Update on Gene Therapies for Leber's Congenital Amaurosis

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Leber's Congenital Amaurosis results in photoreceptor death and significant
visual loss in childhood. via
If you know someone affected by the blinding genetic condition, Leber's Congenital Amaurosis (LCA), then the recent studies on gene therapies have been giving us a reason to hope.  LCA is a rare genetic condition that results in significant vision loss during childhood due to death of the photoreceptor rods and cones that detect and process light information.  There are several genetic variants of the disease, and one (LCA2) has been isolated to a mutation in the RPE65 gene.  Isolating a disease to one gene mutation makes for an exciting option: the ability to replace that gene into the body with gene therapy!

The RPE65 gene codes for a protein essential in the way the retinal pigment epithelium supports the photoreceptor rods and cones and uses vitamin A to detect light.  When the mutation was identified, LCA2 became a prime target for genetic therapy treatment because it required just one snippet of code to be replaced.  Scientists can use virus vectors to insert the correct RPE65 gene directly into the eye (via intravitreal injection), with the hopes that the treated person will begin making the corrected protein, and regain that lost visual function.  Some of the first studies from the University of Pennsylvania and University of Florida were published in 2009 and showed improvement in visual function.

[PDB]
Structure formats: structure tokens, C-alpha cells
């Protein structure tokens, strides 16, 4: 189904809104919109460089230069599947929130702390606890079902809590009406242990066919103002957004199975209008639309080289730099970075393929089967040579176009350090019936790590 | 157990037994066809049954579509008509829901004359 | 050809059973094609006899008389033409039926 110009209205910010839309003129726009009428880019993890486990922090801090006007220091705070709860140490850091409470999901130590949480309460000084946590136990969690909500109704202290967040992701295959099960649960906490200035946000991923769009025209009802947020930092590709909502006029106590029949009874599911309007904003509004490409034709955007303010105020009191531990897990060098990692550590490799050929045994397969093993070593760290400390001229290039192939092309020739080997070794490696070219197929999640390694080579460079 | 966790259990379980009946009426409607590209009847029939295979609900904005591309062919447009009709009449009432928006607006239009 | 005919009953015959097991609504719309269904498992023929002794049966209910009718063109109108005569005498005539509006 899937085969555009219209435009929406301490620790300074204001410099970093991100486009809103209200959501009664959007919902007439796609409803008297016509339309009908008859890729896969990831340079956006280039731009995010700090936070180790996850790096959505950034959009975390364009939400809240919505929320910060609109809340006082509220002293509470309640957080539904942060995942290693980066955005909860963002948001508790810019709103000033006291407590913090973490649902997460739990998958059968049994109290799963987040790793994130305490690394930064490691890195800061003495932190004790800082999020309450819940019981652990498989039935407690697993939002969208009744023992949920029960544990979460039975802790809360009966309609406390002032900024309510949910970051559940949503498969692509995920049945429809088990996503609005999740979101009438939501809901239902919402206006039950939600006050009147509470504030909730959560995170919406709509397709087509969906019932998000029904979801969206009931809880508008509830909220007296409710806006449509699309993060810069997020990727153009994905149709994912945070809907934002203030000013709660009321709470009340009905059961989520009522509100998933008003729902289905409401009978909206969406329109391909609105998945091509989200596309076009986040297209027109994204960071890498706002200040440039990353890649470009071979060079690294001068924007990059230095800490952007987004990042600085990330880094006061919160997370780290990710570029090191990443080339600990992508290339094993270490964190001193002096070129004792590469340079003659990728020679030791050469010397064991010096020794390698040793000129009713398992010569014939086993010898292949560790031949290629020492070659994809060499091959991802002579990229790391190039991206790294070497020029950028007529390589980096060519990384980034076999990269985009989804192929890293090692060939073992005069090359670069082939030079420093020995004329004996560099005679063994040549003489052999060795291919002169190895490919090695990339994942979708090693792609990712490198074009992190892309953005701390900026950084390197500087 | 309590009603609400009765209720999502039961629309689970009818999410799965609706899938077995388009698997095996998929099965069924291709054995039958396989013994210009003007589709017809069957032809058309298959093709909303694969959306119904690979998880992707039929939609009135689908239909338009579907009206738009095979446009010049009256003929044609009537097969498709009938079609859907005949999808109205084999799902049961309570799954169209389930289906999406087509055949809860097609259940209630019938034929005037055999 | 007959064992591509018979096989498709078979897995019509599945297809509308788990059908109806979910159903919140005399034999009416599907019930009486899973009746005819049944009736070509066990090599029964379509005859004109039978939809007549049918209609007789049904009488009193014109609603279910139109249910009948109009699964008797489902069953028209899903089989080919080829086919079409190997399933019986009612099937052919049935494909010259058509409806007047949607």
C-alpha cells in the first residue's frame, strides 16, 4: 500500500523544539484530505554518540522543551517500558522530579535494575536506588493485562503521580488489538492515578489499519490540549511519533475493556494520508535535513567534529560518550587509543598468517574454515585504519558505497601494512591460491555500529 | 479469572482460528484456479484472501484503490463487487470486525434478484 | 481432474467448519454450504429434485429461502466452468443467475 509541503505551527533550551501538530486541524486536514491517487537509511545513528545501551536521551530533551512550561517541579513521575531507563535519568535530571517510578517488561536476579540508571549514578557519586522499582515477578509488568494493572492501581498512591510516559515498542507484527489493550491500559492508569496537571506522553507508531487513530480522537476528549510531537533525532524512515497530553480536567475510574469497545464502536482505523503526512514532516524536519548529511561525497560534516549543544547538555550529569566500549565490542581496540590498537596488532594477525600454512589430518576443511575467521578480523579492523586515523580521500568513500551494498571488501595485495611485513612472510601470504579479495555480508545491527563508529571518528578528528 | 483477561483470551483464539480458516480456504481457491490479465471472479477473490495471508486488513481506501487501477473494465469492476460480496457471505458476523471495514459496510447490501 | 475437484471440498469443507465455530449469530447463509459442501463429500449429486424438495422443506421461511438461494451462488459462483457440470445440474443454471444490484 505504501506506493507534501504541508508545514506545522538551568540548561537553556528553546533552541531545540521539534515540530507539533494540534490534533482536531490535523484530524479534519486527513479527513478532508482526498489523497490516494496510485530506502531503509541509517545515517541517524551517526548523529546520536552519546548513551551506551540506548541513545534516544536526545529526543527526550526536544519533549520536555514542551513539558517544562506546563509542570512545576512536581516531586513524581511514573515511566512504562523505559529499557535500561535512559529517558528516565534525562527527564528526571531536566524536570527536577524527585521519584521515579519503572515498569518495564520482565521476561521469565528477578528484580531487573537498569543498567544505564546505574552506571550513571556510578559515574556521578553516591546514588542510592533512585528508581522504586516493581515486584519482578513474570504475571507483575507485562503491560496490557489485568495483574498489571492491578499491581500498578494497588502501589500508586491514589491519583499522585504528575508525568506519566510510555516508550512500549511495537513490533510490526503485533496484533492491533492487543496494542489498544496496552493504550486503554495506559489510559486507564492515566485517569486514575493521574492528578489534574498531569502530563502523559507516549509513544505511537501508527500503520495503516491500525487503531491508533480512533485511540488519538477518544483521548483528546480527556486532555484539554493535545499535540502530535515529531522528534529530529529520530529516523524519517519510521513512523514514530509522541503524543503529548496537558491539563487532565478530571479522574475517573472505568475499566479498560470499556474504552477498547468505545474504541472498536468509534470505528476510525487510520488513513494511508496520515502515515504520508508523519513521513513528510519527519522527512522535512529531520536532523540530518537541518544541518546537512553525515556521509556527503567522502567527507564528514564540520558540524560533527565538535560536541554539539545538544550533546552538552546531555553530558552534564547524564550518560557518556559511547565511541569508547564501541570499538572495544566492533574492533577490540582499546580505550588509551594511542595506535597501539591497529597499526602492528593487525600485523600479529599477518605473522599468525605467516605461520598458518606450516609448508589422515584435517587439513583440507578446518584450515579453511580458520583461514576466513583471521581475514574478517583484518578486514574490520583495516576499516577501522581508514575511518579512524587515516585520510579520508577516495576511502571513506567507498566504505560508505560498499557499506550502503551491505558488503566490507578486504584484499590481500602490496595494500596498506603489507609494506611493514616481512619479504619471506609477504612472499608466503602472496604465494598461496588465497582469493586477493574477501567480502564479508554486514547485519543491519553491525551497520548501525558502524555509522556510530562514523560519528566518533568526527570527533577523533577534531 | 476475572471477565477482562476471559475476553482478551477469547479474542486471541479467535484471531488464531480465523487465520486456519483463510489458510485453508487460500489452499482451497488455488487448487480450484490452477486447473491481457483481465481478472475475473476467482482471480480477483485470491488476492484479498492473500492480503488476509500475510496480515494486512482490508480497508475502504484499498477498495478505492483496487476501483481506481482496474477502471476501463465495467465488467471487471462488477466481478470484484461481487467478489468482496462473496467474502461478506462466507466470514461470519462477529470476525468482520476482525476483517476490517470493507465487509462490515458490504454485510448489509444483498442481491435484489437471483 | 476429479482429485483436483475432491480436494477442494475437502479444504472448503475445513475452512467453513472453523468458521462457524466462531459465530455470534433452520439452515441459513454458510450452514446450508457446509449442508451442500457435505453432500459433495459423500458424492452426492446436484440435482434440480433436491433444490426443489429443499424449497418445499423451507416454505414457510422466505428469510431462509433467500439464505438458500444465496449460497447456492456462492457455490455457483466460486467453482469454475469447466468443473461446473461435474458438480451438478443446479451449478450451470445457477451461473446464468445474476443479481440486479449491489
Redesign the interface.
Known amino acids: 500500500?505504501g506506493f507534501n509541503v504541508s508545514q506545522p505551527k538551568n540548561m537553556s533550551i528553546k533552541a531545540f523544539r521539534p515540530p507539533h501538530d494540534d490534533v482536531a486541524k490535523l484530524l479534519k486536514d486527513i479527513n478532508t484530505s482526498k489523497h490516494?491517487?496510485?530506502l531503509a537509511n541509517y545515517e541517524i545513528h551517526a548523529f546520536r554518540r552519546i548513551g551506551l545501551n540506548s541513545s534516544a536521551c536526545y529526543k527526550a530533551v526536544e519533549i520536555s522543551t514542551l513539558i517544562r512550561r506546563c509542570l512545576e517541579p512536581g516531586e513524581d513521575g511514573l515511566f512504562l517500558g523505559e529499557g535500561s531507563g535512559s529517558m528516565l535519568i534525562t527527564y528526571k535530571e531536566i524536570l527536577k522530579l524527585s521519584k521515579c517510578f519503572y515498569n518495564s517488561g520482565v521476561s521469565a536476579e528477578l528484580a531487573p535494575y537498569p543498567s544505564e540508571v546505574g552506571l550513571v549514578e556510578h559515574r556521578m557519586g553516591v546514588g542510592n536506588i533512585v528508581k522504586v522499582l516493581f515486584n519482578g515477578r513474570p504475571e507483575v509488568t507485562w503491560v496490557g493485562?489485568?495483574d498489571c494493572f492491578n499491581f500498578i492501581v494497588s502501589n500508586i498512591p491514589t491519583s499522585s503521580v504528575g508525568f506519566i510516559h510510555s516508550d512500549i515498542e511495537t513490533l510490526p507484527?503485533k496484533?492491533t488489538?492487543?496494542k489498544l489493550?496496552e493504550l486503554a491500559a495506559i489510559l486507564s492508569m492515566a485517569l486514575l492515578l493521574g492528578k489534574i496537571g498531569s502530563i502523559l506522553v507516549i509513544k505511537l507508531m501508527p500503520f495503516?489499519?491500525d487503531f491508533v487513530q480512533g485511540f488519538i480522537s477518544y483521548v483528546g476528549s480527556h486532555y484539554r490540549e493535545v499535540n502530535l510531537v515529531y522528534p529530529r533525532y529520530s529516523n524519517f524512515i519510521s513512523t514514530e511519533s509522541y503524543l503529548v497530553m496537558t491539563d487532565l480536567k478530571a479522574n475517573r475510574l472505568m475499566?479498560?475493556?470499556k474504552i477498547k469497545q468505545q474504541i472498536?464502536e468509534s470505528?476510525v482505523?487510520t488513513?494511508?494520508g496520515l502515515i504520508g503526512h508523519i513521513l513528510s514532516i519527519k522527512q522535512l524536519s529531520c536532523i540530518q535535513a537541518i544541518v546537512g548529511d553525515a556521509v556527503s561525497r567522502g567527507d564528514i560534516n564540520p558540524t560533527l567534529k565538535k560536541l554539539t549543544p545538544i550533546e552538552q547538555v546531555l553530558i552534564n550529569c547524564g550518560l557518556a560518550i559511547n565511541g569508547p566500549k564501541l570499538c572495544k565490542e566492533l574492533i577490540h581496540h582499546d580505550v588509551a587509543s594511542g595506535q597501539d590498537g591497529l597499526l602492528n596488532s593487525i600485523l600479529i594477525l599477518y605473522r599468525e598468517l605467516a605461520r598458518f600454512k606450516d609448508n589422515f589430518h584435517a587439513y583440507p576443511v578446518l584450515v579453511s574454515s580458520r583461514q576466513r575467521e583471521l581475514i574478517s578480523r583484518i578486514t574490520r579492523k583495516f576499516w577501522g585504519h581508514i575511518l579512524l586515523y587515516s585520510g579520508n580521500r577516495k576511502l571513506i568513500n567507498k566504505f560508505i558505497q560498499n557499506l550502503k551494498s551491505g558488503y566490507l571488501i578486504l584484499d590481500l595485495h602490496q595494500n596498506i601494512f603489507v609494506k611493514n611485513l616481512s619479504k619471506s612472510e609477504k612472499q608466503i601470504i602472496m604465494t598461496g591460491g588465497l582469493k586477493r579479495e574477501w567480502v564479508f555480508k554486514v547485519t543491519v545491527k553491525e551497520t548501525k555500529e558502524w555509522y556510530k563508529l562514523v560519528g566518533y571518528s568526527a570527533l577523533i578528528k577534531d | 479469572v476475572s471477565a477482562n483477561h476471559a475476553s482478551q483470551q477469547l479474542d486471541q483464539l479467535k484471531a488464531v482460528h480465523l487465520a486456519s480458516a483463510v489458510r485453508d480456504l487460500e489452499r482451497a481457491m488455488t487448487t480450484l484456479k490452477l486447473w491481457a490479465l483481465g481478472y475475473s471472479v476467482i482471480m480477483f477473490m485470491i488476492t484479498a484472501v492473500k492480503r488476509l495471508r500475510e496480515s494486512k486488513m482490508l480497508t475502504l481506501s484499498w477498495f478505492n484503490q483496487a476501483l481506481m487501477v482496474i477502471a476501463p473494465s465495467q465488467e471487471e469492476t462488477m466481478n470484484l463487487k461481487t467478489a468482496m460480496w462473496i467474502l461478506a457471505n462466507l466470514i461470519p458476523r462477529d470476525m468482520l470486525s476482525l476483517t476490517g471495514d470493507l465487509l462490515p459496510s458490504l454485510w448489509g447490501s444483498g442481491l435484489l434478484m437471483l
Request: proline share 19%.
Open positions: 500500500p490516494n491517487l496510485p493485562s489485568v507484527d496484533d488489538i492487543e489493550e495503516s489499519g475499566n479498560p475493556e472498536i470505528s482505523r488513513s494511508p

Now a few years into these studies, new reports are coming in.  Gene replacement treatment in these patients has been safe, but it appears that the retinal photoreceptors have continued to degenerate despite the gene therapy.  OCT scans show retinal thinning occurring at the same rate in both treated and untreated eyes even years after original therapy.  It appears that gene therapy can improve vision for a period of time (how many years, we do not know), but the photoreceptors may still lose function long term.  Childhood treatment can help improve visual function but may not be enough to erase the damage during that early development. Early intervention appears to be key, but in humans LCA destruction is beginning even during development of the ocular tissue in the womb, so our capabilities for delivering this early treatment are limited.

Right now there are several Phase 3 clinical trials being run to assess long term benefit of RPE65 gene replacement therapy in LCA2, and the results look promising that vision can be improved at least temporarily.  To this point the published results have not shown any study participants suffering from vision loss, despite the progression to their retinal thinning, so it is too early to tell how long their visual improvements from gene therapy will last.  Trying to find a way to treat patients with gene therapy before they suffer retinal photoreceptor damage may be difficult, so scientists are looking at somehow combining gene therapy with other therapeutic treatment that may help stabilize retinal photoreceptor cells.  As of right now, no such medical treatment exists but eyes are on the use of LINGO-1 as a possible neuro-regenerator.  The science is new and innovative and sure to meet many hurdles along the way, but we are living in an exciting world of possibilities!

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